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    Discussion in 'The main mechanical design forum' started by Jaimech, Jan 27, 2019.

    1. Jaimech

      Jaimech New Member

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      Hi All,

      How to avoid a Stick slip or a chatter when a cantilever load falls by gravity on a double guide linear slides as shown in picture.The cantilever load is approximately .5 kg and its centre lies 40mm from axis of shaft dia(5mm). The linear travel is approximately 40mm. The load chatters even though I have provided linear bush bearing on one side of the shaft. How to get a smooth movement both up and down without any chatter.

      Thanks,
      Jay
       

      Attached Files:

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    3. MSHOfficial

      MSHOfficial Well-Known Member EngineeringClicks Expert

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      There are differences between the static and dynamic friction that is the cause of the vibration (jerking) when the object is transitioning between being stationary and moving on the surface.

      Stick-slip in seals can cause softening, swelling, binding, drag, wear, and even failure in a mechanism. Here are the key factors to look out for to avoid stick-slip in your mechanism:

      Keep surface roughness not too low or too high. The material properties like hardness, elasticity, friction coefficients and maybe chemical properties sometimes should be compatible. You can use lubrication for friction coefficients too high or if your mechanism allows it. The contact pressure seems low because the weight is not to high of the object so you can most probably increase the roughness by a notch. Check dissipation of heat, frictional losses shouldn’t be too high.
       
    4. s.weinberg

      s.weinberg Well-Known Member EngineeringClicks Expert

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      As much as you can, make the bearing length as long as possible on each rail.

      Also if possible, line up your two rails with the load, rather than having the line between the shafts perpendicular to your load. That should help quite a bit.
       
    5. MSHOfficial

      MSHOfficial Well-Known Member EngineeringClicks Expert

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      Yes we did what you are suggesting, we made the bearings thicker and as long as we could go. but the idea was to reduce the excess loading. Not to change the design of the object. However, since the design team couldn’t come up with anything else they had to change the design.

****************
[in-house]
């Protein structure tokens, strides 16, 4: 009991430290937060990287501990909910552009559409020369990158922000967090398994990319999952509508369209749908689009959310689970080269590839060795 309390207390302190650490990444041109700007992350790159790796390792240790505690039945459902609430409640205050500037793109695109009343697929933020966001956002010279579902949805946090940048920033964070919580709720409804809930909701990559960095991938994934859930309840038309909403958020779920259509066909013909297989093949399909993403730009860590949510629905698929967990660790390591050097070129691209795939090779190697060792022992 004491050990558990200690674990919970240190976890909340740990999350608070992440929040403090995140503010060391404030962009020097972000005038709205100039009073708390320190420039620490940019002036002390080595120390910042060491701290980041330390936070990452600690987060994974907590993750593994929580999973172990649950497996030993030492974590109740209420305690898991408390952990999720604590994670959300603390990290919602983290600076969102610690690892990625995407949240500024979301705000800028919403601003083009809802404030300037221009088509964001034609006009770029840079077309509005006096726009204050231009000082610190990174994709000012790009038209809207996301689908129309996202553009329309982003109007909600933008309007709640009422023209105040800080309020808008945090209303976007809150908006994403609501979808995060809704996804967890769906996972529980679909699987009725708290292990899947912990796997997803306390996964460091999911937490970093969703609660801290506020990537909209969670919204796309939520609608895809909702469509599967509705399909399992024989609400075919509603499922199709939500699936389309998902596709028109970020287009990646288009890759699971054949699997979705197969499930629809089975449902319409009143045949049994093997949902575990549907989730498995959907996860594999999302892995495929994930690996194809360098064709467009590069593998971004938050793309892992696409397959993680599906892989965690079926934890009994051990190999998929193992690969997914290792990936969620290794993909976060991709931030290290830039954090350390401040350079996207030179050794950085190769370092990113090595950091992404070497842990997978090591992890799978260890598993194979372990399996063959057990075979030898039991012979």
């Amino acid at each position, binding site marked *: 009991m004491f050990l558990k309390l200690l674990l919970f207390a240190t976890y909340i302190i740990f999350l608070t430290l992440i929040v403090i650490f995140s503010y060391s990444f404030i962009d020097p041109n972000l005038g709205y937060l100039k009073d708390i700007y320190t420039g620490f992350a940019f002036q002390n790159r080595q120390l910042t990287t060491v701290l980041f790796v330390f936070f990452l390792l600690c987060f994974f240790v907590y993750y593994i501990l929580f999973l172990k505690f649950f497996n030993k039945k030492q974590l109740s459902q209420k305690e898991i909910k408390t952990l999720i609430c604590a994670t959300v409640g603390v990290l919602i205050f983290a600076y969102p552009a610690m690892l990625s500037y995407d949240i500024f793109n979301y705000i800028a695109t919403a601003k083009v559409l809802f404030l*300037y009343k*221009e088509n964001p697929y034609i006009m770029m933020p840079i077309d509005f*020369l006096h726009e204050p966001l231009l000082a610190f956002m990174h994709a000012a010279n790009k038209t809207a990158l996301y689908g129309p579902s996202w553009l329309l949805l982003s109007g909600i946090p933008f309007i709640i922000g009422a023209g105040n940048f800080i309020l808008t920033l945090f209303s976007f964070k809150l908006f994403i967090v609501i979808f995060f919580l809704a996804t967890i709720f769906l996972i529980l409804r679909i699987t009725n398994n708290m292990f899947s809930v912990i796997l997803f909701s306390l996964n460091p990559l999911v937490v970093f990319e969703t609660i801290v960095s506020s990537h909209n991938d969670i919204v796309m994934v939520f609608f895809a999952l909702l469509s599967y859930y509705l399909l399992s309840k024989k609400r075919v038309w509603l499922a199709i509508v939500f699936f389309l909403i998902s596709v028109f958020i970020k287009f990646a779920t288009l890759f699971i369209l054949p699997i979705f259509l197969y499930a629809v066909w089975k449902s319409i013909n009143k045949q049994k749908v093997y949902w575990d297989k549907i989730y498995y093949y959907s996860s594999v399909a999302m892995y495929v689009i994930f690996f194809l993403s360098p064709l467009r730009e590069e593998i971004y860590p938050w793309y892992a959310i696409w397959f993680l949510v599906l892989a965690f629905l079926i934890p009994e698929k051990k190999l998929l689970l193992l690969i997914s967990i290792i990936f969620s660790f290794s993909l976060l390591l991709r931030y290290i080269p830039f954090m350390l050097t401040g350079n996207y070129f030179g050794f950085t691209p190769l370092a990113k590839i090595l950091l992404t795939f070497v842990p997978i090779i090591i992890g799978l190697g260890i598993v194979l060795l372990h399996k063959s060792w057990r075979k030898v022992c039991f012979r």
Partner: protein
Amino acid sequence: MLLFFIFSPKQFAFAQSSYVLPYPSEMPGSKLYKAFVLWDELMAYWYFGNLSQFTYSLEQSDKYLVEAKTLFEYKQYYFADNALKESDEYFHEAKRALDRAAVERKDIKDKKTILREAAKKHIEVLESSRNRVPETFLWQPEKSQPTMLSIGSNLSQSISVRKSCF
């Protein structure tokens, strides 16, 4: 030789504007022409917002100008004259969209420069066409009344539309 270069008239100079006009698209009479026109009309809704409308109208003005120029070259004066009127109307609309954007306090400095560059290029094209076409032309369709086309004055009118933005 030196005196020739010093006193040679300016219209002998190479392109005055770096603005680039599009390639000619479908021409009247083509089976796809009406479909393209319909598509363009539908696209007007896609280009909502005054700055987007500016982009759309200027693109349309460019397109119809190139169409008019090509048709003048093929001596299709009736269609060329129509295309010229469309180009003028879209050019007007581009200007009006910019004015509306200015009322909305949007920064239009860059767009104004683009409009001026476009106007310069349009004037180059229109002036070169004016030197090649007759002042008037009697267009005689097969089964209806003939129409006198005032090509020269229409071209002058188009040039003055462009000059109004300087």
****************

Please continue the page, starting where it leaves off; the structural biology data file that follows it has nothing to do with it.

But the second thing that you are suggesting. You want us to rotate the rails by 90 degrees ? that is what I understood. If that is the case its not possible. Those rails are not connected to anything on the sides they run down the length of the cylinder and form something like chair legs. So we have 8 legs to support the whole thing. I guess the bend in the image file made it look like the rod extends to in the radial direction. But that was my mistake. Thank you for your suggestions. Very much appreciated.
       
    6. s.weinberg

      s.weinberg Well-Known Member EngineeringClicks Expert

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      Not sure I understand correctly, but to clarify my suggestion, I'm not suggesting that you change the rails from vertical to horizontal.
      Rather, right now, you have the rails side by side, and the load between them and offset, forming something like a triangle. The issue is that the moment on each bushing is very large - the moment to balance the load is basically being made across each individual bushing, which isn't a big distance - and the distance between the rails isn't helping you that much.

      If you lined them up instead, so that you had one rail in the middle, a 2nd rail behind, and the load in front, it would be far better. Basically, a small amount of friction on the back bushing would create a large reaction moment around the front bushing to balance out the load.

      Assuming that's still not an option, you could look at tightening the fit between your bushings and rails, though that increases the risk of general binding. Or use a different lubricant.
       

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